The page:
Everything (you need to know) about Product Roadmap - Part II
When to create a Product Roadmap?
As soon as you have identified your product vision, you should start building a product roadmap. (For more information, please check out: The Roadmap to Value the Agile Way.)
When to use a Product Roadmap?
As mentioned in Part one, a Product Roadmap is a plan for how a product or solution evolves over time throughout the overall product lifecycle.
Here are key areas where a Product Roadmap is instrumental:
Product release planning
Product development KPIs and Metrics
Internal product communication
External product communication
How to create a Product Roadmap?
The product owner creates the product roadmap with help from the development team. In the product roadmap phase, requirements, estimates, and timeframes start at a high-level and are being refined based on changes such as new priorities.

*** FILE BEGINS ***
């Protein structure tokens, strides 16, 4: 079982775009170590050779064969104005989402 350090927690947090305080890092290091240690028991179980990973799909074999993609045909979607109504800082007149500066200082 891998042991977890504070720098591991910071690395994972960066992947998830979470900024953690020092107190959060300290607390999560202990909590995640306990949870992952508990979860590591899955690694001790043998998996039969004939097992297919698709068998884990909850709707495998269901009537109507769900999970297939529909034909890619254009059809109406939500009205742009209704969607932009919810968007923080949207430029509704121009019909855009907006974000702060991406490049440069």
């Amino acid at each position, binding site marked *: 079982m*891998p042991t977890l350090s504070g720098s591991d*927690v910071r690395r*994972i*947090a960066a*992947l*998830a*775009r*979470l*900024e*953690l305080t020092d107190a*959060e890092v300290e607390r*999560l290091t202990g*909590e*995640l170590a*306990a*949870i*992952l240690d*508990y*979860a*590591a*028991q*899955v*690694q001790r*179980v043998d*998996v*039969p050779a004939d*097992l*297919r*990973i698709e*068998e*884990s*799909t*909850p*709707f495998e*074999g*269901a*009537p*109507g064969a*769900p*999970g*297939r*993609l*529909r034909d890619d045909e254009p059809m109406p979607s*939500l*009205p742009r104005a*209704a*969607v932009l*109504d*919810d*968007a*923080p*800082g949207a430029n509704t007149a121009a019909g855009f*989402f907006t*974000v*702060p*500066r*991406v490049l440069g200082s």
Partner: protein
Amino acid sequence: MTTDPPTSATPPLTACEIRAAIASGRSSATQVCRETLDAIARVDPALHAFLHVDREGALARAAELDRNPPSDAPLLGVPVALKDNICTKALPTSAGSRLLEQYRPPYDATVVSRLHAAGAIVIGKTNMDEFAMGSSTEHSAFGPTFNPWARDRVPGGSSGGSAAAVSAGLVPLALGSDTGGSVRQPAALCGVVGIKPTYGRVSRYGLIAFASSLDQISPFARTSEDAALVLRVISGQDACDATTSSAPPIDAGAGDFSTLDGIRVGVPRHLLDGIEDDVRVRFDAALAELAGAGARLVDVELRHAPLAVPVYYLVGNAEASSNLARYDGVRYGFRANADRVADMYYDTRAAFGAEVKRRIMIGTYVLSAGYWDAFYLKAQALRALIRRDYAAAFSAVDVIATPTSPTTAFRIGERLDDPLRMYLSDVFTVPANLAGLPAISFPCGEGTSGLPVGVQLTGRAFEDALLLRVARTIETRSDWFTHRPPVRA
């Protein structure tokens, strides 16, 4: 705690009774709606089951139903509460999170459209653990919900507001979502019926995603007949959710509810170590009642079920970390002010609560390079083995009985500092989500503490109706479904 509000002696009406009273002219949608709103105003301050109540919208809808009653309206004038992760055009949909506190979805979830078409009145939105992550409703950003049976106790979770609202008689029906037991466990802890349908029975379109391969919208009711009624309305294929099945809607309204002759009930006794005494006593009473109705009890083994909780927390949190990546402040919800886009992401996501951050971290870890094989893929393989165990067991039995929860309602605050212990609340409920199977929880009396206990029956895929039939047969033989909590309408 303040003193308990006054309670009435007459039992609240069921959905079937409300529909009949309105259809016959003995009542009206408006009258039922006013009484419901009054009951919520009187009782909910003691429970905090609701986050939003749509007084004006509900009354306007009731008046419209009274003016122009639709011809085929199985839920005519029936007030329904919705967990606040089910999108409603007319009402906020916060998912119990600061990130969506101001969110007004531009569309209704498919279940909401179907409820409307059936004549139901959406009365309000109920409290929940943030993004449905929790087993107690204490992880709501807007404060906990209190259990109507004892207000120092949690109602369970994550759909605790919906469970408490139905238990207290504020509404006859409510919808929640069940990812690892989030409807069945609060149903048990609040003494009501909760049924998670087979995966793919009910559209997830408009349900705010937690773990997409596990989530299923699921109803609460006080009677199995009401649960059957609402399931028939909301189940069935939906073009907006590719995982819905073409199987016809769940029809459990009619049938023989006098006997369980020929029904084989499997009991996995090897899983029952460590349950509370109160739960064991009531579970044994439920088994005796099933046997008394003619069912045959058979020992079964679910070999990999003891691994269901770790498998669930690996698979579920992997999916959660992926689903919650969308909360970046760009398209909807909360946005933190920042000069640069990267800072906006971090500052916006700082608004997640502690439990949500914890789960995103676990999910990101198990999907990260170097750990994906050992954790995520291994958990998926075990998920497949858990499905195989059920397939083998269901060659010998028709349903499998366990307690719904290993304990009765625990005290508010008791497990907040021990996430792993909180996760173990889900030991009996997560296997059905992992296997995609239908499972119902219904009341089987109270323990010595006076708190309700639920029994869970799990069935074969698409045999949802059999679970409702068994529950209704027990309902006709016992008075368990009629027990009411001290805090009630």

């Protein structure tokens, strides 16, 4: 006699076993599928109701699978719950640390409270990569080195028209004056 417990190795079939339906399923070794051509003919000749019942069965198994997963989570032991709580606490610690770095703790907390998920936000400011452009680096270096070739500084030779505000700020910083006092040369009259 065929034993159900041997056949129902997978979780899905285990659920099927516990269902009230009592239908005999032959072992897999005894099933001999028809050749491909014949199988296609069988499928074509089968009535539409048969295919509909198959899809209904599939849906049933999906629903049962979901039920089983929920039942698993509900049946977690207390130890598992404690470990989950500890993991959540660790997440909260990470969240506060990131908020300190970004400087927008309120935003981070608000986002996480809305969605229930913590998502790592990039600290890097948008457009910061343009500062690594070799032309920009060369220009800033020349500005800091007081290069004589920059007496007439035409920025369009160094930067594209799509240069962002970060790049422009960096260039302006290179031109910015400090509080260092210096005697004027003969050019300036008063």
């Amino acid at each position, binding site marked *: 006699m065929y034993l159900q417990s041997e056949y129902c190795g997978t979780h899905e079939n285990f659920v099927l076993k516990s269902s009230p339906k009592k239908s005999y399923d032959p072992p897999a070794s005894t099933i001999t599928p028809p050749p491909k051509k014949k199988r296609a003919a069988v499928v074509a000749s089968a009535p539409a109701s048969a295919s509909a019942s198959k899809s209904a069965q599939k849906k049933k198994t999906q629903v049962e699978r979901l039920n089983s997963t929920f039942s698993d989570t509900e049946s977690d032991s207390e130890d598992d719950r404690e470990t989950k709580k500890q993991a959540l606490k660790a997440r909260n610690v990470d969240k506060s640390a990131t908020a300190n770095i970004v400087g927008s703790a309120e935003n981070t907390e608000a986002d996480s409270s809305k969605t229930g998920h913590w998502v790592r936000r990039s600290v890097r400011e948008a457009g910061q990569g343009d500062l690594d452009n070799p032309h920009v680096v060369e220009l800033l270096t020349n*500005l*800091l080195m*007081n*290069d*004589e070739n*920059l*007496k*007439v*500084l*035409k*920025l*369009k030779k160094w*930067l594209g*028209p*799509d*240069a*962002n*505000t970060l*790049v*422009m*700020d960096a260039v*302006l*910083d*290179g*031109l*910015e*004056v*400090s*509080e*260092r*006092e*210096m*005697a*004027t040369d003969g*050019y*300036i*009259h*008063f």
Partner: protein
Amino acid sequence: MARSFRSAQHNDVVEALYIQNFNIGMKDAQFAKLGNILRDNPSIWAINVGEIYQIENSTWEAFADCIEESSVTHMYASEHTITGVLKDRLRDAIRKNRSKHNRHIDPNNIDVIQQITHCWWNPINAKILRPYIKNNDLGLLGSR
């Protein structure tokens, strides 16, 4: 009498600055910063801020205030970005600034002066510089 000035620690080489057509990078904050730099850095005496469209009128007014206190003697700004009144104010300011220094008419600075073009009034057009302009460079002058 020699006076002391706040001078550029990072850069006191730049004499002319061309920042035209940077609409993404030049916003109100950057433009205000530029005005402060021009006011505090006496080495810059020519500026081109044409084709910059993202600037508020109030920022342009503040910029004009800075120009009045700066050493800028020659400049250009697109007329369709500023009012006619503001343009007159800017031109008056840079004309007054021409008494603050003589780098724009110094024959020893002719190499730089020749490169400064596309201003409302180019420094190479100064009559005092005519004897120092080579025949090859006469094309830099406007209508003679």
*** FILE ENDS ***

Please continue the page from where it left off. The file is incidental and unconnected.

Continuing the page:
A product roadmap can be as simple as sticky notes arranged on a white board — which makes updates as easy as moving a sticky note from one section of the white board to another. You can also use Excel, PowerPoint, Confluence plugin,etc. to create your roadmaps. For specialized application software -- Roadmuck, ProductPlan, The GO Product Roadmap, and Aha -- offer greater flexible and cooperative functionalities.
The best approach is to start with a “goal first” and work to build consensus before building and sharing the roadmap.
Get consensus on the product goals
Apply it to new products or services or existing offerings
Create a new document within the Product Management document
Get buy-in on the Internal Roadmap from your team(s) and finalize it
Bring releases and features together for a unified view
Use it as a strategic communication tool
Customize your roadmap based on who will view it
Create an External Roadmap based on the Internal Roadmap
Display its graphic representation
Review, analyze, prioritize, estimate, update, and share it regularly
Treat a roadmap as a project plan or Gantt chart
Include every feature in the product backlog or engineering bug
“A good plan today is better than a perfect plan tomorrow." -- George S. Patton